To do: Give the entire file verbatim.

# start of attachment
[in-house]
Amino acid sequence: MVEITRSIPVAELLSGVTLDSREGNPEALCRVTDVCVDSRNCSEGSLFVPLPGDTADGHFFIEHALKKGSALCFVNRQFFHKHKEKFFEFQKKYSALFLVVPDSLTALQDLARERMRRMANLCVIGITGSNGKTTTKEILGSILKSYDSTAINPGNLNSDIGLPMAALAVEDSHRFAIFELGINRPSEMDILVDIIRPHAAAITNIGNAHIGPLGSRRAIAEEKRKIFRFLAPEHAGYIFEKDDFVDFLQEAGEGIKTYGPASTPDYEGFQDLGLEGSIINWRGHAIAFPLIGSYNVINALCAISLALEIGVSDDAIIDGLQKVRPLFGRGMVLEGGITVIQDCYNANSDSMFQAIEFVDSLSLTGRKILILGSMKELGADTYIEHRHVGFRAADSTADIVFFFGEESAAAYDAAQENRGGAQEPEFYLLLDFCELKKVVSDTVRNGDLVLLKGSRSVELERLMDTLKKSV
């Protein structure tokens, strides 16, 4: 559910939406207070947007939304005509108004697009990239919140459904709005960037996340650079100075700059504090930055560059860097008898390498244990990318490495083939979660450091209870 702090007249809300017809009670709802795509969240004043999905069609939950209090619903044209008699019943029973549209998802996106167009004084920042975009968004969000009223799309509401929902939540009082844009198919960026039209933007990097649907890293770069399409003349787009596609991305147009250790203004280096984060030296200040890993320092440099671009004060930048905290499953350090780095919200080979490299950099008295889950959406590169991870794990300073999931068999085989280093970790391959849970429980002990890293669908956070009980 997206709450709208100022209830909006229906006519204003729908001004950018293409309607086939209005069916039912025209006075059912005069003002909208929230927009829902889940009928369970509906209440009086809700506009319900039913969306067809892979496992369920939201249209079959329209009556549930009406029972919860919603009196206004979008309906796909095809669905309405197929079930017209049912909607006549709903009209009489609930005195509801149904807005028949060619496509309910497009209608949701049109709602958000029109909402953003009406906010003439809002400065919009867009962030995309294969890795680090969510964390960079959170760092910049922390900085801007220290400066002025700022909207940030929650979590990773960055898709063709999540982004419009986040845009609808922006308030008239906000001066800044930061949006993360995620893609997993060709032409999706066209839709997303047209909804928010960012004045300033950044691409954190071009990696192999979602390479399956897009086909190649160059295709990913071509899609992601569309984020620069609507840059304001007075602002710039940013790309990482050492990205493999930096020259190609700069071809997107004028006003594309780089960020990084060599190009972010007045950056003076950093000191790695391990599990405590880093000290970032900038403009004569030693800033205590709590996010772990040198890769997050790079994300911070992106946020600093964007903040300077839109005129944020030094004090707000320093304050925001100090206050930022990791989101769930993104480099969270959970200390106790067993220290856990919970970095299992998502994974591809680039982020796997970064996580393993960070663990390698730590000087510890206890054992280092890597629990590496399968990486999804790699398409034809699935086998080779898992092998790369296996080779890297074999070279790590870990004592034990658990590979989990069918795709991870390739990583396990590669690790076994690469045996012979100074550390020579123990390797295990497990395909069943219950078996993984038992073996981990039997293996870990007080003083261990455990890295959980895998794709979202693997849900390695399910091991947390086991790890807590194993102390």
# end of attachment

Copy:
[in-house]
Amino acid sequence: MVEITRSIPVAELLSGVTLDSREGNPEALCRVTDVCVDSRNCSEGSLFVPLPGDTADGHFFIEHALKKGSALCFVNRQFFHKHKEKFFEFQKKYSALFLVVPDSLTALQDLARERMRRMANLCVIGITGSNGKTTTKEILGSILKSYDSTAINPGNLNSDIGLPMAALAVEDSHRFAIFELGINRPSEMDILVDIIRPHAAAITNIGNAHIGPLGSRRAIAEEKRKIFRFLAPEHAGYIFEKDDFVDFLQEAGEGIKTYGPASTPDYEGFQDLGLEGSIINWRGHAIAFPLIGSYNVINALCAISLALEIGVSDDAIIDGLQKVRPLFGRGMVLEGGITVIQDCYNANSDSMFQAIEFVDSLSLTGRKILILGSMKELGADTYIEHRHVGFRAADSTADIVFFFGEESAAAYDAAQENRGGAQEPEFYLLLDFCELKKVVSDTVRNGDLVLLKGSRSVELERLMDTLKKSV
């Protein structure tokens, strides 16, 4: 559910939406207070947007939304005509108004697009990239919140459904709005960037996340650079100075700059504090930055560059860097008898390498244990990318490495083939979660450091209870 702090007249809300017809009670709802795509969240004043999905069609939950209090619903044209008699019943029973549209998802996106167009004084920042975009968004969000009223799309509401929902939540009082844009198919960026039209933007990097649907890293770069399409003349787009596609991305147009250790203004280096984060030296200040890993320092440099671009004060930048905290499953350090780095919200080979490299950099008295889950959406590169991870794990300073999931068999085989280093970790391959849970429980002990890293669908956070009980 997206709450709208100022209830909006229906006519204003729908001004950018293409309607086939209005069916039912025209006075059912005069003002909208929230927009829902889940009928369970509906209440009086809700506009319900039913969306067809892979496992369920939201249209079959329209009556549930009406029972919860919603009196206004979008309906796909095809669905309405197929079930017209049912909607006549709903009209009489609930005195509801149904807005028949060619496509309910497009209608949701049109709602958000029109909402953003009406906010003439809002400065919009867009962030995309294969890795680090969510964390960079959170760092910049922390900085801007220290400066002025700022909207940030929650979590990773960055898709063709999540982004419009986040845009609808922006308030008239906000001066800044930061949006993360995620893609997993060709032409999706066209839709997303047209909804928010960012004045300033950044691409954190071009990696192999979602390479399956897009086909190649160059295709990913071509899609992601569309984020620069609507840059304001007075602002710039940013790309990482050492990205493999930096020259190609700069071809997107004028006003594309780089960020990084060599190009972010007045950056003076950093000191790695391990599990405590880093000290970032900038403009004569030693800033205590709590996010772990040198890769997050790079994300911070992106946020600093964007903040300077839109005129944020030094004090707000320093304050925001100090206050930022990791989101769930993104480099969270959970200390106790067993220290856990919970970095299992998502994974591809680039982020796997970064996580393993960070663990390698730590000087510890206890054992280092890597629990590496399968990486999804790699398409034809699935086998080779898992092998790369296996080779890297074999070279790590870990004592034990658990590979989990069918795709991870390739990583396990590669690790076994690469045996012979100074550390020579123990390797295990497990395909069943219950078996993984038992073996981990039997293996870990007080003083261990455990890295959980895998794709979202693997849900390695399910091991947390086991790890807590194993102390």